Anyone who has ever visited Fort Payne, Alabama, or vacationed in the area is likely familiar with the hand-painted Martin’s Jewelers sign that has towered over downtown Fort Payne for well over half a century. This iconic fixture captures and preserves a moment in Fort Payne’s history, and one cannot leave without remembering the sign or the nearby historic Strand building and Dekalb Theatre.
As a native of Fort Payne, born in 1975 at the old DeKalb General Hospital, I have cherished memories of the Martin’s Jewelers sign and the buildings that make up the Fort Payne Main Street Historic District. However, this historic sign, which has greeted locals their entire lives, will soon become a thing of the past. The building is currently being renovated, and the sign is gradually being painted over, erasing decades of history from Fort Payne’s downtown skyline.
Some may argue that it is just a sign, but to me, it is a historically significant fixture of Fort Payne and Dekalb County. The sign adds a unique and irreplaceable charm to Fort Payne. Once it is painted over, it will be lost forever.
The district encompasses an area roughly from 2nd Street NW to 2nd Street NE on Gault Avenue and showcases a variety of architectural styles, including Victorian, Art Deco, and Classical Revival. Constructed in the late 19th and early 20th centuries, many of the buildings have been well-preserved. The district was added to the National Register of Historic Places in 1989 in recognition of its historical and architectural significance. This listing provides recognition and protection for historic properties and can make them eligible for certain preservation incentives and grants.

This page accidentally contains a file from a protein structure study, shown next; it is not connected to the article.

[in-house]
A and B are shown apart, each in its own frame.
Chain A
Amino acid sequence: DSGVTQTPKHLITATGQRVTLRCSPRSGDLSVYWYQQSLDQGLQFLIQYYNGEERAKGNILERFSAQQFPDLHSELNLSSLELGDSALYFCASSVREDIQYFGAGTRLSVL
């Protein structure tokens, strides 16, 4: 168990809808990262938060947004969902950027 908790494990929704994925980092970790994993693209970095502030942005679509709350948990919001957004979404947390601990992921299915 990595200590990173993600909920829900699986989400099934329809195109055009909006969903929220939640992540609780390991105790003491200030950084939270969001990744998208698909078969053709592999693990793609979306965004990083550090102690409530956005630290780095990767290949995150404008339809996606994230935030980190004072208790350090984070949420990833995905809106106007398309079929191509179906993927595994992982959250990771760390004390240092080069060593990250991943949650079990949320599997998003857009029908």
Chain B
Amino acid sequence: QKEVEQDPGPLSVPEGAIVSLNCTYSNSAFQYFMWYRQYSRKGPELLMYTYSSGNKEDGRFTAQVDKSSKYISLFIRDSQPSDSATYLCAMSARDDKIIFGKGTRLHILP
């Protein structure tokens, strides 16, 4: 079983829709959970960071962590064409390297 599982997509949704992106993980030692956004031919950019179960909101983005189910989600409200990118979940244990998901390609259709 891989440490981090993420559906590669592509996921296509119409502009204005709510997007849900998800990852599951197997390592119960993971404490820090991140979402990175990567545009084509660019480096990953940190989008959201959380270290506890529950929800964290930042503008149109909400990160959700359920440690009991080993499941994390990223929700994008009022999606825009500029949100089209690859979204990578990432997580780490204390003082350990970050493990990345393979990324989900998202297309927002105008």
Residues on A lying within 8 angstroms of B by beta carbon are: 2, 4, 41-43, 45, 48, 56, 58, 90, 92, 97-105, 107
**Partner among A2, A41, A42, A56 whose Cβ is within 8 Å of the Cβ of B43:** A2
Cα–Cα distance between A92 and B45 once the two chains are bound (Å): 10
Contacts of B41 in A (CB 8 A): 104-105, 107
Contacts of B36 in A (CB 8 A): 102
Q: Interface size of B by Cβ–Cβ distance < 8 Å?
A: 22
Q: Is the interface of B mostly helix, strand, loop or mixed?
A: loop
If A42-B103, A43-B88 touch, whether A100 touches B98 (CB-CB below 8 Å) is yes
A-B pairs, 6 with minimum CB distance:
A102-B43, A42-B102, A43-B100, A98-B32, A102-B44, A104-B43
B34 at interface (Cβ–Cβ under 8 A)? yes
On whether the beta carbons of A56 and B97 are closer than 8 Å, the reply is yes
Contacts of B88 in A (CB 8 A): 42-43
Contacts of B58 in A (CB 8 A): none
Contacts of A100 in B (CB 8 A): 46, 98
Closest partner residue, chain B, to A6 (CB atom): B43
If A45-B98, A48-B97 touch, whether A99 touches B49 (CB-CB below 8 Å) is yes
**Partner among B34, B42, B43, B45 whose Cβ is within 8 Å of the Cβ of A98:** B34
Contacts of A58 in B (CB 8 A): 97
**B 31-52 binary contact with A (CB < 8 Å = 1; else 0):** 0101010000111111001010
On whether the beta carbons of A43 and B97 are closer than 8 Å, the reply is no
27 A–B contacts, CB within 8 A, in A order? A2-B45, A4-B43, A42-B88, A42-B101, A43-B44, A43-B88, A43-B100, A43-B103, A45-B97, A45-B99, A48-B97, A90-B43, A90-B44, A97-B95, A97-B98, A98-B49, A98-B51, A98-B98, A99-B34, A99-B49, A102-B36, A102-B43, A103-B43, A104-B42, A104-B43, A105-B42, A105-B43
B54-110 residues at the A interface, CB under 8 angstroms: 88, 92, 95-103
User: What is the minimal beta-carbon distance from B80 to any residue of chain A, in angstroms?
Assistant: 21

A Brief History of Martens Jewelry and the Building
Constructed in 1910, the Martens Jewelry building has housed various businesses over the years. Initially built as a general store, it once served as a hosiery mill and later as a hardware store before becoming a jewelry store in the early 1900s. The store catered to the Dekalb County community for years.
Founded by German immigrant William Martens, who arrived in the United States in the late 1800s, Martens Jewelry has remained a family-owned business for generations. The store has undergone several renovations and updates over the years, yet has managed to maintain its historic charm and character.
I recently spoke with Dr. Chad Williams, the current owner of the building, who confirmed that the decision to remove the sign was ultimately his, though he hinted it possibly wasn’t his decision alone. Regardless, this will be a truly sad day for preservation and a significant loss to the Fort Payne community.
Many small towns in Alabama have unfortunately erased historically significant signage from their downtown areas, often leading to regret as these signs contribute to the towns’ unique Southern feel and historical flair. Some towns have learned from their mistakes and are now restoring and preserving the artwork that makes them unique. I hope that Dr. Williams reconsiders his decision and decides to save a piece of history for future generations to experience a glimpse of historic Alabama.